Some thoughts on visualizing displacement and the status quo.

The feeling of being out of place, or displaced, is something that seems to stay relevant as a theme to artists and artists’ expressions in one way or another. Wether it be displacement around the idea of home and place, culture and identity, or displacement from reality, or sense thereof. When I started my Masters research I thought cultural displacement and the creation of a kind of trans-identity was largely going to be my only focus. The more I look at my current and previous work, and spend time reflecting upon it, the more I see that a displacement from reality is just as relevant in the way I visualize my thoughts and feelings through the construction of part fictional worlds. These are filled with storytelling, myths and fairytales, which are largely and mainly linked to my Norwegian cultural heritage and set against my current landscape of Australia.

My research is split in two halves, much like myself in my relation to my two home countries. (As I write this, a question arises; am I “allowed” to call Australia my home without being a permanent resident? After 6 years it feels like my home, whereas Norway feels like my cultural home and the home I relate to family. And after recent terror attacks, the saying Home is where the Heart is, proved that in many ways Norway is and always will be my home. Anyway, I digress.) On the one side I am looking at Norwegian myths, folklore and fairytales, particular Norwegian cultural customs and symbolism, and Norwegian artists like Theodor Kittelsen to see how I can best take these things and displace them within an Australian landscape and context. On the other side, there is my conceptual research that revolves around artists’ visualizations of displacement; who they are, how they’ve done it in the past and how they’re doing it now.

Then there is the research that covers how to make things, sculptures or props, which is a large part in itself. This part of my research also has to look at things that are typical Australian, particularly when it comes to landscape and how this differs to the Norwegian one, to better work out how to create cultural opposites and contradictions.

Lately I’ve been trying to map out ways in which other artists have visualized their feelings of displacement, both to get inspiration and to gather material for the thesis/exegesis I have to write at some point. So far I have mainly been looking at the work of Australian-born painter Imants Tillers, New Zealand’s photographer Greg Semu and American photographers Gregory Crewdson and Sandy Skoglund, the two latter for how their work explores displacement from reality.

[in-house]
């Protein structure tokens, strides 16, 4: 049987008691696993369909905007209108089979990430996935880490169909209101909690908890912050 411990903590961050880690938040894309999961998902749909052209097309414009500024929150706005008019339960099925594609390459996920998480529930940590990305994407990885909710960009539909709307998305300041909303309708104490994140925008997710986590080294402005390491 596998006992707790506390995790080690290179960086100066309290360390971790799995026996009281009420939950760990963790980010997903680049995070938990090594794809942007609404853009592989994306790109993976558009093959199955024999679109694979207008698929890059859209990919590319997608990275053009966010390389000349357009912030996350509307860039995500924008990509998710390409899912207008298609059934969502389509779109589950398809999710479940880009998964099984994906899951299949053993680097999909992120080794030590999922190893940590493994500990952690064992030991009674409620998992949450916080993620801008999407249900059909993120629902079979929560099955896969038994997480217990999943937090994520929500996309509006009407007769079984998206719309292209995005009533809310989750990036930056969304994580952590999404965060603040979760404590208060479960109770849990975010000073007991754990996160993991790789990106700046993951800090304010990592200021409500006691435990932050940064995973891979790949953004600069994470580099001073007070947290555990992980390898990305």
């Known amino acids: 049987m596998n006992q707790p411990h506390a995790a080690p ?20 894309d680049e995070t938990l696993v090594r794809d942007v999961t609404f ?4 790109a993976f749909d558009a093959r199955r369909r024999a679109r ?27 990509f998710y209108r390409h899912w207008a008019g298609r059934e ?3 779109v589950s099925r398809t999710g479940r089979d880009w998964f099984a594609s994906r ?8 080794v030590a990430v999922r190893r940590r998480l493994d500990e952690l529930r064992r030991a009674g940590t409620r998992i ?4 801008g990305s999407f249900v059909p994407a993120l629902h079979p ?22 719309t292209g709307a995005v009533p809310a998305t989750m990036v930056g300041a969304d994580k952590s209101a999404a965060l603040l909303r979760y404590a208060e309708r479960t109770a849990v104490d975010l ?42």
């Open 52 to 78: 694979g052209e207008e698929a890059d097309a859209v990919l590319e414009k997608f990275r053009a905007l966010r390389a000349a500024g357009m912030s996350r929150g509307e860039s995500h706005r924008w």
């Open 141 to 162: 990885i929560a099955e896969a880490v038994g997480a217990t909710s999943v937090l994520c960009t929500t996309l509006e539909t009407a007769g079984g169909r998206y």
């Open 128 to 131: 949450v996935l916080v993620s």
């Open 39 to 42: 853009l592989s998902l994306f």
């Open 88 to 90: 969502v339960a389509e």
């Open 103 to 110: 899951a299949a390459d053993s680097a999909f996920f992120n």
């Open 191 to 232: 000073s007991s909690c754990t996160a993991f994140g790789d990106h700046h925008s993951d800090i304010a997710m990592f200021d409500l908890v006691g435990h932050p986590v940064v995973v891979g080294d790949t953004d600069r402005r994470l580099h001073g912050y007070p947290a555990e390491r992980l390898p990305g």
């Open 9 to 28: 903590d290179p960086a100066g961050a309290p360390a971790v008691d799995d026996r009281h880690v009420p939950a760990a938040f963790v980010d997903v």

Imants Tillers work has a particular interest in his large-scale canvas board exploration of themes related to migration, displacement and diaspora. and his concern with place and locality through fragmentation and appropriation. I am also particularly interested in the juxtaposition of images from different times and places that are removed from their cultural contexts, to challenge notions of identity based on locality.

Greg Semu works with in particular the colonial impact on indigenous cultures and religious Christian iconography’s mutation of tribal and so-called primitive icons in New Zealand.

I did also have a look at the late Aboriginal artist Michael Riley’s work, but somehow I found it very hard to connect with. I will no doubt come back to him at some point down the road. Another brief encounter has been with the use of language and symbols in the work of painter Jean Michel Basquiat who’s “career was built upon a constant displacement between Europe and The United States” and who’s “art embodies a diasporic identity that reflects his Haitian and Puerto Rican heritage.”

In other areas I am now trying to build trolls’ heads, and am working towards my next shoot which will deal with the Norwegian (or perhaps it would be more fitting to say Scandinavian) fairytale about the pancake and its encounter with a sly, hungry pig. (This story is also part of other cultures, but as far as I know the main character is a gingerbread man and not a pancake.)

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About Dida

Visual artist, light painter and mother.
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